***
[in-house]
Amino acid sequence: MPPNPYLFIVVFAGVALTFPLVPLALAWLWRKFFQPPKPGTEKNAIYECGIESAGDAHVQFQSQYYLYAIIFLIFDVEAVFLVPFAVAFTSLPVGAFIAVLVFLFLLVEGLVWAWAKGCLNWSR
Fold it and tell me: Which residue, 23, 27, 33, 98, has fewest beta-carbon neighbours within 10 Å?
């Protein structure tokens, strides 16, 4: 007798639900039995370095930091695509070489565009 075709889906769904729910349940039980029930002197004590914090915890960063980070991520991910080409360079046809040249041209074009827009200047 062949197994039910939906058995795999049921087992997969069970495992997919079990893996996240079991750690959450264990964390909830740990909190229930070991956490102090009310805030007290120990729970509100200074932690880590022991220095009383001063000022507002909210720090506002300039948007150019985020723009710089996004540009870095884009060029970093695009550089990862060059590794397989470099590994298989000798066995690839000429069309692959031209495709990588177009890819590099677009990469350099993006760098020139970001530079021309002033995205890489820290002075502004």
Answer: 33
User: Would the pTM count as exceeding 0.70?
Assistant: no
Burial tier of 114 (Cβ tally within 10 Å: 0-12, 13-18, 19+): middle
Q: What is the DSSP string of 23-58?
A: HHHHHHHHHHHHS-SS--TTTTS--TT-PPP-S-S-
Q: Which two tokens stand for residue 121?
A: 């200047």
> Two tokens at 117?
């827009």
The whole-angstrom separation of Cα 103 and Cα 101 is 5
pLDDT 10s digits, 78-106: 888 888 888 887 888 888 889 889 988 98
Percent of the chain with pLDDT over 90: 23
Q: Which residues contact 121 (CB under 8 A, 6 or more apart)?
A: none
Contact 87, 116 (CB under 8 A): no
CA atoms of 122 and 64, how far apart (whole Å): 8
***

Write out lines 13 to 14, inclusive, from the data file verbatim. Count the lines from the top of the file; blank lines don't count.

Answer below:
> Two tokens at 117?
């827009």